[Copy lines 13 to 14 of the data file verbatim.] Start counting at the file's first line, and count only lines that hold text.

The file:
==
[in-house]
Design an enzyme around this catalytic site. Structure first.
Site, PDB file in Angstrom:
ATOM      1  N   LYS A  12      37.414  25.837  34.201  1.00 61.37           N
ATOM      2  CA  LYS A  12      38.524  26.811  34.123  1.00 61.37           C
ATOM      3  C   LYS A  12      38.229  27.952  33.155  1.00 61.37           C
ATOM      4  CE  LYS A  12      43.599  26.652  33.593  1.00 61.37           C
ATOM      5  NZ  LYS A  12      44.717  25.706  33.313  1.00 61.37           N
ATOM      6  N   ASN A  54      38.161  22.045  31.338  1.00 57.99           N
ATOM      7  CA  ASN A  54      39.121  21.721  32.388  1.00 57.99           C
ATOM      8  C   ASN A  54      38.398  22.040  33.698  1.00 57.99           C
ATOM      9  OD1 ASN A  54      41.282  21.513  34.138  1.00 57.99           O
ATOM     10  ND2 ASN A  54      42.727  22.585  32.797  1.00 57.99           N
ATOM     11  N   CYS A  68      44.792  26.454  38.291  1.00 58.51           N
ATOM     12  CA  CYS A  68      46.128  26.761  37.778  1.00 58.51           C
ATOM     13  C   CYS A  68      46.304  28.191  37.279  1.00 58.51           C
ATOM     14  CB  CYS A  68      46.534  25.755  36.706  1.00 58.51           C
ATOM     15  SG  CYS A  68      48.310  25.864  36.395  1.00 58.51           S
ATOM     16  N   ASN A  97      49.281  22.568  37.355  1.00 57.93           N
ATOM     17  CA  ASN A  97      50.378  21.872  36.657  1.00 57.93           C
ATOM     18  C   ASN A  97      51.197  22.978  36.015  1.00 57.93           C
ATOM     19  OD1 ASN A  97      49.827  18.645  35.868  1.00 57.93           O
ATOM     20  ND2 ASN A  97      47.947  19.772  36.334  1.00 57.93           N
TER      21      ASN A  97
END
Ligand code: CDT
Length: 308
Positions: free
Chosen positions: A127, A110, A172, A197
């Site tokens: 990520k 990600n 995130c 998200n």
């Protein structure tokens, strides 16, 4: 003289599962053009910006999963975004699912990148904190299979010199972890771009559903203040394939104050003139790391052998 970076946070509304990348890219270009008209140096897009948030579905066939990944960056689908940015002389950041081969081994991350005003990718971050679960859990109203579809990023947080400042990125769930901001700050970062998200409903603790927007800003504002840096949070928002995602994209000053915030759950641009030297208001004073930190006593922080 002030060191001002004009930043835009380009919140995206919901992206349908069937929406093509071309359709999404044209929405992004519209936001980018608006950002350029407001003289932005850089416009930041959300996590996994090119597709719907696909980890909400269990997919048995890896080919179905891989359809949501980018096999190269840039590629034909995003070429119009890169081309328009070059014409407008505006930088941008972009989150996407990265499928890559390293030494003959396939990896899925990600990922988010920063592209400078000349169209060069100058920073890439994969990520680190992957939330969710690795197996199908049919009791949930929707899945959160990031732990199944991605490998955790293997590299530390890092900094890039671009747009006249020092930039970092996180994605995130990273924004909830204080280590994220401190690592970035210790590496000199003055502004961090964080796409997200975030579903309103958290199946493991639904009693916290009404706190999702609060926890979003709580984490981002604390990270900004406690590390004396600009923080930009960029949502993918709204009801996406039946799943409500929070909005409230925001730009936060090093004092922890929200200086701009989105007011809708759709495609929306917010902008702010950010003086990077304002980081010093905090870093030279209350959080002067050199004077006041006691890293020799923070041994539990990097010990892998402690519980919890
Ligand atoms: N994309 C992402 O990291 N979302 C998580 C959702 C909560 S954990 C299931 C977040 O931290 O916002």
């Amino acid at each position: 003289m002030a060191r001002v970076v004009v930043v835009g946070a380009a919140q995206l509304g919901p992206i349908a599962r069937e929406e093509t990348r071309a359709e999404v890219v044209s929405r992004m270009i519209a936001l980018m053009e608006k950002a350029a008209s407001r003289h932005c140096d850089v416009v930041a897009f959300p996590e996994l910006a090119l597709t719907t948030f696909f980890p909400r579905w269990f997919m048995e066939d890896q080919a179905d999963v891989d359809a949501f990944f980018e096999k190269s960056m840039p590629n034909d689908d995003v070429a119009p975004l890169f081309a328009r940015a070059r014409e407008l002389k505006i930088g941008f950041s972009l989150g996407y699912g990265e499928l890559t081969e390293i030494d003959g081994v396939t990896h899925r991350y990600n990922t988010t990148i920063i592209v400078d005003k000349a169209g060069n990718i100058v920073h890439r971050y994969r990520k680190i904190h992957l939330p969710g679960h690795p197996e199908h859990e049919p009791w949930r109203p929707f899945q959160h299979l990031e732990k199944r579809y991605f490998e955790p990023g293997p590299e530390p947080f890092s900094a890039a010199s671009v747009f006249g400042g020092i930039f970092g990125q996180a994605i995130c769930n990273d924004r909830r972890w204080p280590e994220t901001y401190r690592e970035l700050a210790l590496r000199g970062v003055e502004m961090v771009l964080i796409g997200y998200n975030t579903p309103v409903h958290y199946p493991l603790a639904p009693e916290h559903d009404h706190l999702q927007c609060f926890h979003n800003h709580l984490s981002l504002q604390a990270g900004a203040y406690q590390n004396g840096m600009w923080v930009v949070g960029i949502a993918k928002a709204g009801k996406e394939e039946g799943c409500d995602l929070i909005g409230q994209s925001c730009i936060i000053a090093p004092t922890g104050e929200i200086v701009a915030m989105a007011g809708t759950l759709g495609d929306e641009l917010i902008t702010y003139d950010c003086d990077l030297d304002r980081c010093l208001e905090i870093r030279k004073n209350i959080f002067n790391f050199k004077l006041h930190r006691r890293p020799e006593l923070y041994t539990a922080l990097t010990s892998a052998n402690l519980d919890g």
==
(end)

ATOM     10  ND2 ASN A  54      42.727  22.585  32.797  1.00 57.99           N
ATOM     11  N   CYS A  68      44.792  26.454  38.291  1.00 58.51           N